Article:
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3 Answers

up vote 6 down vote accepted

That's a long list, surely you don't expect us to review it line by line? It's normal to have many processes running as root: unix systems often have one process to do each job, so many system services get their own process. In fact, some of these (e.g. all the /0 or / (the number identifies a CPU), and most of the ones beginning with k) are kernel threads.

If you're worried about someone gaining control of your machine, ps is not a useful tool. Any halfway decent¹ rootkit contains code to hide any malicious process from process listings. Even if the malicious code was not running as root and so couldn't change the kernel reports, it would disguise itself as something innocuous like sh.

¹ Yes, “decent” may not be the right word here.

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nice footnote. +1 –  ixtmixilix Mar 9 '11 at 20:42
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The idea of assessing whether a process is malicious based on its name is an idea that has been outdated for at least ... well, very long ;)

False flag operations, anyone?

  1. an infector could well append/insert malicious code into any binary
  2. a malicious binary could very well pose under the same name as something you'd normally consider harmless and your list gives no idea about the location of the binaries in the file system or their file bits. For example a setuid binary owned by root corresponding to one of these processes should at least be checked ...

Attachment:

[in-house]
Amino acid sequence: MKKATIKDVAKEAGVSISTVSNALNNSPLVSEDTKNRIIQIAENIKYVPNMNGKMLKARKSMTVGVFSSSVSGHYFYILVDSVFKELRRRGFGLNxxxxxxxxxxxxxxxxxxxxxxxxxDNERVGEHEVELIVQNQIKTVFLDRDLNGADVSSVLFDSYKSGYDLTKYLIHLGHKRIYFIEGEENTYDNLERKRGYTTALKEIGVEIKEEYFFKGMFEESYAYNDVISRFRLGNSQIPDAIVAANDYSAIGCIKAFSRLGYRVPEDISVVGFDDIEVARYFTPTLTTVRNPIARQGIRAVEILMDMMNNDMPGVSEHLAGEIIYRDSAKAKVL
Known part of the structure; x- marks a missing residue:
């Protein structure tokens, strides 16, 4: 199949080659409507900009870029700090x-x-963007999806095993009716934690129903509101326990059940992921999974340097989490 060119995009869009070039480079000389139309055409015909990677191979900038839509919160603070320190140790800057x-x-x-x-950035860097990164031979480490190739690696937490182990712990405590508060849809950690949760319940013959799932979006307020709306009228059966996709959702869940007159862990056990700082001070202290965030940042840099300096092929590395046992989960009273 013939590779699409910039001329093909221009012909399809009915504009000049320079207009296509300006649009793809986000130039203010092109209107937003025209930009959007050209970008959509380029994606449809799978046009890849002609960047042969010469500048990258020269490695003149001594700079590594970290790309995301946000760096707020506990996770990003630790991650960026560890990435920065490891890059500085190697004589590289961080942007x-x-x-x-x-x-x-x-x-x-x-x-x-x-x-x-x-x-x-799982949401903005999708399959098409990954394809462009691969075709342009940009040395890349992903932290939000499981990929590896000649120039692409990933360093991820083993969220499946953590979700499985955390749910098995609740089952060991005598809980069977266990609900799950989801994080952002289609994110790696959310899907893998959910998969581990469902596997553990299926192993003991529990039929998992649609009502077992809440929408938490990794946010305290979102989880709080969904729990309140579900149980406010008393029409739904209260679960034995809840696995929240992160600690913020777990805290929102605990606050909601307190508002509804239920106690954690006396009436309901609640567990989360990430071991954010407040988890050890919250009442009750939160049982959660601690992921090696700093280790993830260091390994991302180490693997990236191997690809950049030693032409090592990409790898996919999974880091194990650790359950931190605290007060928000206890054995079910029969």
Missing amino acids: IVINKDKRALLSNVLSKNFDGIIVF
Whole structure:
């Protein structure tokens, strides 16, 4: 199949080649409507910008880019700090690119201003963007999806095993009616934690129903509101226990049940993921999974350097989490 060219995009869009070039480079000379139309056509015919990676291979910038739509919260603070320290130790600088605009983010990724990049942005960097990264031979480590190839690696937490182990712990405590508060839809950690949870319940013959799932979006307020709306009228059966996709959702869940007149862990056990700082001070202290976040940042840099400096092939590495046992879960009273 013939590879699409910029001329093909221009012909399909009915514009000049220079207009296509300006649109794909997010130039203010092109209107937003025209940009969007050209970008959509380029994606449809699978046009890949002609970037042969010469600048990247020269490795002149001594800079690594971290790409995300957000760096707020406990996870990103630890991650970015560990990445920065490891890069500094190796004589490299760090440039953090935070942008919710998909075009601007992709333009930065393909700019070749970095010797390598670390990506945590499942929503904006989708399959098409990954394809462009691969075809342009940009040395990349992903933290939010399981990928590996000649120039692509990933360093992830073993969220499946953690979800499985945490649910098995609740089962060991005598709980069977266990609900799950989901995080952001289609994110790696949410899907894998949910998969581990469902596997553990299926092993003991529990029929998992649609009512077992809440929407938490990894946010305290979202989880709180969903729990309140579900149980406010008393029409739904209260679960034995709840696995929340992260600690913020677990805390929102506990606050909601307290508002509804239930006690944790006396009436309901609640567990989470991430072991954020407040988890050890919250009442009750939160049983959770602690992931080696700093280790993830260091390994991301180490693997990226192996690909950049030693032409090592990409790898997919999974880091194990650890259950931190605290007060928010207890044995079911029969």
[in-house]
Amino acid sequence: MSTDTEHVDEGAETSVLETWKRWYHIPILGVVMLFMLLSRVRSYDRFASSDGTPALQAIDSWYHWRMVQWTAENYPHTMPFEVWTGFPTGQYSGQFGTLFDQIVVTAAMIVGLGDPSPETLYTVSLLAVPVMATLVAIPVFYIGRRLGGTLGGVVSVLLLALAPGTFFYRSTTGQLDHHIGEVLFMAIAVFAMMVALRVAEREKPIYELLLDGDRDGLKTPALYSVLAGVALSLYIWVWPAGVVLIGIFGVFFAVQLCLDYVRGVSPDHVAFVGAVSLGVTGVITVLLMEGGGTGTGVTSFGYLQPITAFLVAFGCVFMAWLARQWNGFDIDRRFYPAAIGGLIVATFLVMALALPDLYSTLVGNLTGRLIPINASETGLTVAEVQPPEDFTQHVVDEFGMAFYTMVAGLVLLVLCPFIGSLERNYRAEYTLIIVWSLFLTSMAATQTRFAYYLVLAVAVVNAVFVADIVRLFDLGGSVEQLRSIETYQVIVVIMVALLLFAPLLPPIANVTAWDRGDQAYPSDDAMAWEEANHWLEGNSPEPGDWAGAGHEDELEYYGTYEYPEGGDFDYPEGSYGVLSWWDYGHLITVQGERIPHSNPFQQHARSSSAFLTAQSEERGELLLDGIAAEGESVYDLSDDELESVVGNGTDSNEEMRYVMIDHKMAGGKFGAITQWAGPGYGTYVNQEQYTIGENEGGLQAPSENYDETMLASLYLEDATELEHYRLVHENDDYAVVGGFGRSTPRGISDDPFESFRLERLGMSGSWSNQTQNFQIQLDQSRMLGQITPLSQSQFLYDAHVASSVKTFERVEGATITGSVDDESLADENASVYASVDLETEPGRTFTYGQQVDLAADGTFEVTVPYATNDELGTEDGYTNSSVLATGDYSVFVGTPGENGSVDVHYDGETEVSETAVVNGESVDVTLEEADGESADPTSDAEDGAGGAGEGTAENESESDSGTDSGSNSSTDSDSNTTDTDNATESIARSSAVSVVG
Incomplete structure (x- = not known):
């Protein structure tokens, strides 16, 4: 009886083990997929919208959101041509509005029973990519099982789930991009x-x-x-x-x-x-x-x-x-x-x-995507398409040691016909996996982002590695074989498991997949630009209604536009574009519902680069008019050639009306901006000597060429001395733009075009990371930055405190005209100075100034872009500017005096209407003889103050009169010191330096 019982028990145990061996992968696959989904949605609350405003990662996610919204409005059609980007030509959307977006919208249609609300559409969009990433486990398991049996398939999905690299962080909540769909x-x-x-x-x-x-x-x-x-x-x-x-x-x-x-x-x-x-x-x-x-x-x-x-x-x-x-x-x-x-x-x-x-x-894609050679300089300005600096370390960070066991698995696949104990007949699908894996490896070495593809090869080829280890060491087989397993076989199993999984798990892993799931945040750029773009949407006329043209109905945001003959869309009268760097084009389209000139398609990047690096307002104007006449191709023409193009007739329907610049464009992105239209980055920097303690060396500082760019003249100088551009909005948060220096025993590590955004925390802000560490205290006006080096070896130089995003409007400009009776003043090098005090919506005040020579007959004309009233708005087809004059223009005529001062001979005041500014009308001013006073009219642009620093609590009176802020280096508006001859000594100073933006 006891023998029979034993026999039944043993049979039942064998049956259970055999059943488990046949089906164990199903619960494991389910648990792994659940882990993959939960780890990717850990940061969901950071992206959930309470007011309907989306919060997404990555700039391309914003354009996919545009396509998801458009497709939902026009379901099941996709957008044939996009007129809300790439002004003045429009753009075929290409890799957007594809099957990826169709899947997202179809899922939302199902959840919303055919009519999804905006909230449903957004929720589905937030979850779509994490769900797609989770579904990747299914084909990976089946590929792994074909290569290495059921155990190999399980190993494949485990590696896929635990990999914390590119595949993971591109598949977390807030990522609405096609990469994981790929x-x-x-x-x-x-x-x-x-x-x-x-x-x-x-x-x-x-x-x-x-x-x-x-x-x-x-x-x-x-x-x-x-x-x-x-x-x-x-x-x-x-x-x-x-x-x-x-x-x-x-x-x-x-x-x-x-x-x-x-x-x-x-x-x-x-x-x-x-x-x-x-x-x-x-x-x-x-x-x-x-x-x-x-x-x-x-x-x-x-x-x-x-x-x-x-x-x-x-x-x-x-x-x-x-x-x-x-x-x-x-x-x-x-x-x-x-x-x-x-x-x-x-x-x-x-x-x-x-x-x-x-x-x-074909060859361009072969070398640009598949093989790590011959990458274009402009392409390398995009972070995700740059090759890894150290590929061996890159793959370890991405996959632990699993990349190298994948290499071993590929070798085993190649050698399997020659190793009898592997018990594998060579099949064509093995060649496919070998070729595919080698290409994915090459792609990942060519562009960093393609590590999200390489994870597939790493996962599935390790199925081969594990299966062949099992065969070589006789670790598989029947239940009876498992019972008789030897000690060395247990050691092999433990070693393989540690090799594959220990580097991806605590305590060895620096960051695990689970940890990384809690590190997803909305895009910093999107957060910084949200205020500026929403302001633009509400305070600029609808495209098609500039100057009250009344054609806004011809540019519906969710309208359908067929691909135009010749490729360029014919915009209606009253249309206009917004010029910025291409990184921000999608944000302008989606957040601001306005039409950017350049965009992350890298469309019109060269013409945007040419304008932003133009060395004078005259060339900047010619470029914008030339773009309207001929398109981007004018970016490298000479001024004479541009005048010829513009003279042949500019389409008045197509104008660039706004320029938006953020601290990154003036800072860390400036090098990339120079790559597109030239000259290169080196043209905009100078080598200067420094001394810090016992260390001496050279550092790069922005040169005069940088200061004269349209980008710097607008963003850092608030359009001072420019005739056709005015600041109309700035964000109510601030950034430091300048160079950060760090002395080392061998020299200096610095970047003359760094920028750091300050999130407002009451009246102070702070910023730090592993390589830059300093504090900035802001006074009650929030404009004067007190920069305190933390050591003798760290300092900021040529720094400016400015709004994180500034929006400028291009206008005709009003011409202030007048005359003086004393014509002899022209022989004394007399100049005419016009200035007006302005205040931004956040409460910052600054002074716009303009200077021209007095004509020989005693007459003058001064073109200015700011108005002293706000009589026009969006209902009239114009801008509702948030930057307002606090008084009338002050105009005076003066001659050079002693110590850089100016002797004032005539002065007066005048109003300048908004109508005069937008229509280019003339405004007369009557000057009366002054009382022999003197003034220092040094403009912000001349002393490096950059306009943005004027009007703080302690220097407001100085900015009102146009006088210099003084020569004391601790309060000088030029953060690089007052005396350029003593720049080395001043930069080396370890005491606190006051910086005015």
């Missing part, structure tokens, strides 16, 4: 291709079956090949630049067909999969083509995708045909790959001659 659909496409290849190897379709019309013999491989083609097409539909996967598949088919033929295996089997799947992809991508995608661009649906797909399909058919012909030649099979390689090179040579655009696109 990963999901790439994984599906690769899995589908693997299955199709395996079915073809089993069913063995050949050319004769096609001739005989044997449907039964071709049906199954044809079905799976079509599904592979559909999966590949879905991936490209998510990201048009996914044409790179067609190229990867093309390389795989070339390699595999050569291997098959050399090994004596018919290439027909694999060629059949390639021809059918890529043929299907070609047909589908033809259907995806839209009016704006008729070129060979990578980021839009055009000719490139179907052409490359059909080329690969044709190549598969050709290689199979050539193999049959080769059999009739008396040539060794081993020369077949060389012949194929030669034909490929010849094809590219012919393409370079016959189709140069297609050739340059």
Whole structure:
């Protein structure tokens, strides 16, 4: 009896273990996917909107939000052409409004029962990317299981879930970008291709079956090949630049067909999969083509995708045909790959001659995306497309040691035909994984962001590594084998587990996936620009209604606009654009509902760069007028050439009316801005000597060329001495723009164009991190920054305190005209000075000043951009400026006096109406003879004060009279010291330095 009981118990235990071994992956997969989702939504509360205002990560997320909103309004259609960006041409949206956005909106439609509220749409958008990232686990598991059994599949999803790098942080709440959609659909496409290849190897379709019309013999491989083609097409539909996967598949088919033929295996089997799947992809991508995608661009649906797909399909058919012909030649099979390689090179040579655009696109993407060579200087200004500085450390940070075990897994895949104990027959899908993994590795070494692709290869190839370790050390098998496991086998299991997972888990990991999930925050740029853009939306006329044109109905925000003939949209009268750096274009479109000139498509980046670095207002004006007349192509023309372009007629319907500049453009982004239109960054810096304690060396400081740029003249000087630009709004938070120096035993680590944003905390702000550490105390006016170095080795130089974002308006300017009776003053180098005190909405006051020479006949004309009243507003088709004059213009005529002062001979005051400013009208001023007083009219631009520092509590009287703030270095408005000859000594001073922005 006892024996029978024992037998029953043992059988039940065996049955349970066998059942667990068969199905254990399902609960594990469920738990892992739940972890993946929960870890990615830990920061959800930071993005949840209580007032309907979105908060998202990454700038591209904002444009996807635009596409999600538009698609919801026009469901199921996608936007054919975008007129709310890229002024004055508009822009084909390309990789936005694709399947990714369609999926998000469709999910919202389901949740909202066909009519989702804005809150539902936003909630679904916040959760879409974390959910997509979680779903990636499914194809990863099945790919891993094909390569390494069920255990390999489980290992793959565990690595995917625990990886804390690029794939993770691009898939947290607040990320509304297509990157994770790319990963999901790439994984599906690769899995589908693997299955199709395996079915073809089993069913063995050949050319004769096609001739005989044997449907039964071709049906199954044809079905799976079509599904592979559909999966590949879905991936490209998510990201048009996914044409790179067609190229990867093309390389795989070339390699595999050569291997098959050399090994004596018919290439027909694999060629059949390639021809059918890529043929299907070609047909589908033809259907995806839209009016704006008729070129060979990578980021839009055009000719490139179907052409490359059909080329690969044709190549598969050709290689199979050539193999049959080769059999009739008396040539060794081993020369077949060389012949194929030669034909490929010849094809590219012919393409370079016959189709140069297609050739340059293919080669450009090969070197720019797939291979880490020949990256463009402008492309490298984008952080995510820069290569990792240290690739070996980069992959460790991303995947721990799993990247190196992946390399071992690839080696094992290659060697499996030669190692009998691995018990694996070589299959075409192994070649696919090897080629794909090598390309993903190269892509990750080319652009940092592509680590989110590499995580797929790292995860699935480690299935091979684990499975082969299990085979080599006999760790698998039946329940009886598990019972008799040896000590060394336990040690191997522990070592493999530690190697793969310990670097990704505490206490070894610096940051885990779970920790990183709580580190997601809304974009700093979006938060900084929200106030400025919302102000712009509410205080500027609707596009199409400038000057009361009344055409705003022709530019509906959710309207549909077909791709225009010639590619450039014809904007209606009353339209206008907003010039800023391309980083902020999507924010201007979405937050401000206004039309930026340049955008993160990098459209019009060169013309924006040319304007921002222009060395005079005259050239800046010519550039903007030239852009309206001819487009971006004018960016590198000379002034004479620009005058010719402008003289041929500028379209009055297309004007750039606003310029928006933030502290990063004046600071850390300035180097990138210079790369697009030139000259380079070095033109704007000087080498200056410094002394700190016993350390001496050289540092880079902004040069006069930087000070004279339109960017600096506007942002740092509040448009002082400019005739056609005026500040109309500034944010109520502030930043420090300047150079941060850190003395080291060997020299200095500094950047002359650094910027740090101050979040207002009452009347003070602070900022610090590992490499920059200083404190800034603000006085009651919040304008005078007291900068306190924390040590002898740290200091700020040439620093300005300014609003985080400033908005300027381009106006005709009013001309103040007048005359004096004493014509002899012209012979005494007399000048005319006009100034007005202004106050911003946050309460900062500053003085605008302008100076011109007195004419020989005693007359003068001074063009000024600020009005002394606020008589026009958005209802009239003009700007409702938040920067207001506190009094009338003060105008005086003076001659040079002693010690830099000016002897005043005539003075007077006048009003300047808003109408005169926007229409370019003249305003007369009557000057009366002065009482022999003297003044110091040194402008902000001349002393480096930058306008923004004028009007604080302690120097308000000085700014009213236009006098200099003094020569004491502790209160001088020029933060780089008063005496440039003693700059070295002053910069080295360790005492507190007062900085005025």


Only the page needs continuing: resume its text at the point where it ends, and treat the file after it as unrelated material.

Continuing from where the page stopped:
3. a rootkit usually attempts to hide, so it would not even appear in the list

And that list is not exhaustive. Also, a system that is running malicious code with super user rights has no (technical) problem to lie to you.

At the very least an offline analysis would be required. If you use a package manager, you could compare the binaries at their expected locations against the hashes in the (signed) packages. Overall that should leave only a tiny subset of binaries actual binaries for you to inspect, besides the numerous scripts. But even for scripts, those coming in packages will have an accompanying hash against which you can check the binary.

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hmm, i'm not sure this really helps me, but i didn't downvote you –  ixtmixilix Mar 9 '11 at 20:44
    
@ixtmixilix: I'm afraid there is no helpful answer in the sense that you find out whether one of the processes is malicious. The least we can do, though, is to explain to you why ;) –  0xC0000022L Mar 10 '11 at 1:41
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The sole rootkit I've ever encountered in the wild (under Solaris 8 a long time ago) did run a password sniffer, as an "lpsched" process. The problem was that it ran two of them (bug in the rootkit) and ran them out of a directory that "man lpsched" said wasn't where lpsched lived. Also, "ps" had been trojaned to not show the extra weird lpsched processes, but top showed them.

If you're really concerned, look at all the PIDs in /proc. Look at what /proc/$PID/exe links to, to see where the executable really lives. Double check that against where the executable ought to live. Try "ls" on all the directories you find that way to see if "ls" shows them all. "ls" not showing a directory is a dead giveaway that something's wrong.

If any specific process seems suspicious, get chkrootkit (http://www.chkrootkit.org/) and rootkit hunter (http://www.chkrootkit.org/) and try them to see if they find anything. You have to be aware that some rootkits float around in the wild, but have never gotten incorporated in those rootkit hunters.

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very informative +1 –  ixtmixilix Mar 9 '11 at 20:43